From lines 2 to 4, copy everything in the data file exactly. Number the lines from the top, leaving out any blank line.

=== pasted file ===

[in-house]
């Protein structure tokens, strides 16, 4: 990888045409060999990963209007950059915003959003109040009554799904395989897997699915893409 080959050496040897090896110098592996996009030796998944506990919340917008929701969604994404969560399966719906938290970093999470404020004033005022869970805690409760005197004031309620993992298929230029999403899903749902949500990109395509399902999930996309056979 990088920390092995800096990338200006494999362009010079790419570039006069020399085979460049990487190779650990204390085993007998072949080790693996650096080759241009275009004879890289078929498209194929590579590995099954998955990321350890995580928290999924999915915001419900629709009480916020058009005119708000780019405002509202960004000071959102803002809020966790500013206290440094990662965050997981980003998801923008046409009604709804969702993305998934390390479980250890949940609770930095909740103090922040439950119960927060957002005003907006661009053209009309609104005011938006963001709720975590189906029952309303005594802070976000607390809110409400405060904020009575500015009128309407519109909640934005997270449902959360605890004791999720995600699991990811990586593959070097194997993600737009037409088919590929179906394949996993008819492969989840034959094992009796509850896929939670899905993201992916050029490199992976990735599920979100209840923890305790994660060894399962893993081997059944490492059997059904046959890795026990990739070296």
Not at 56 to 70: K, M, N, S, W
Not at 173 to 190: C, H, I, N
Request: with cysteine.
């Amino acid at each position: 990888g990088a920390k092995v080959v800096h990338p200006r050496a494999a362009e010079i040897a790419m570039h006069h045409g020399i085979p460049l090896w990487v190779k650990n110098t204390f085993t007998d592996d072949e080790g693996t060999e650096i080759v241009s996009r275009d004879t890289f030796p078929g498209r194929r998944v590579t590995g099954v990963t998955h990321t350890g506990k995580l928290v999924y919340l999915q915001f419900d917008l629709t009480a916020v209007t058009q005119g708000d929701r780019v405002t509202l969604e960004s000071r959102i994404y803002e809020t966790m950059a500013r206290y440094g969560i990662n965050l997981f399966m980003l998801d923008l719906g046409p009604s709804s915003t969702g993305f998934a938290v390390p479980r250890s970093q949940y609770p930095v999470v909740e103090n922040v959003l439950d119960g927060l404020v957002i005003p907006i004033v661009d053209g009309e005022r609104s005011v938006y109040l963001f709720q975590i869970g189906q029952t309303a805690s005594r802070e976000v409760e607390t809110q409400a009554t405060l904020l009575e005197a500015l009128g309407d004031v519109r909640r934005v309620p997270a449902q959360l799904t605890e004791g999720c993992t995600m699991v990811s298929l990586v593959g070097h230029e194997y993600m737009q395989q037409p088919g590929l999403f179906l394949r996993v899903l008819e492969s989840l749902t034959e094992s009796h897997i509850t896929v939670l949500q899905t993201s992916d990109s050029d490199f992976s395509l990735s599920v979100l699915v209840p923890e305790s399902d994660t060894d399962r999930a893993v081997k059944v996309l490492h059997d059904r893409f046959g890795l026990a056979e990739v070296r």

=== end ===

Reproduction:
């Protein structure tokens, strides 16, 4: 990888045409060999990963209007950059915003959003109040009554799904395989897997699915893409 080959050496040897090896110098592996996009030796998944506990919340917008929701969604994404969560399966719906938290970093999470404020004033005022869970805690409760005197004031309620993992298929230029999403899903749902949500990109395509399902999930996309056979 990088920390092995800096990338200006494999362009010079790419570039006069020399085979460049990487190779650990204390085993007998072949080790693996650096080759241009275009004879890289078929498209194929590579590995099954998955990321350890995580928290999924999915915001419900629709009480916020058009005119708000780019405002509202960004000071959102803002809020966790500013206290440094990662965050997981980003998801923008046409009604709804969702993305998934390390479980250890949940609770930095909740103090922040439950119960927060957002005003907006661009053209009309609104005011938006963001709720975590189906029952309303005594802070976000607390809110409400405060904020009575500015009128309407519109909640934005997270449902959360605890004791999720995600699991990811990586593959070097194997993600737009037409088919590929179906394949996993008819492969989840034959094992009796509850896929939670899905993201992916050029490199992976990735599920979100209840923890305790994660060894399962893993081997059944490492059997059904046959890795026990990739070296």
Not at 56 to 70: K, M, N, S, W
Not at 173 to 190: C, H, I, N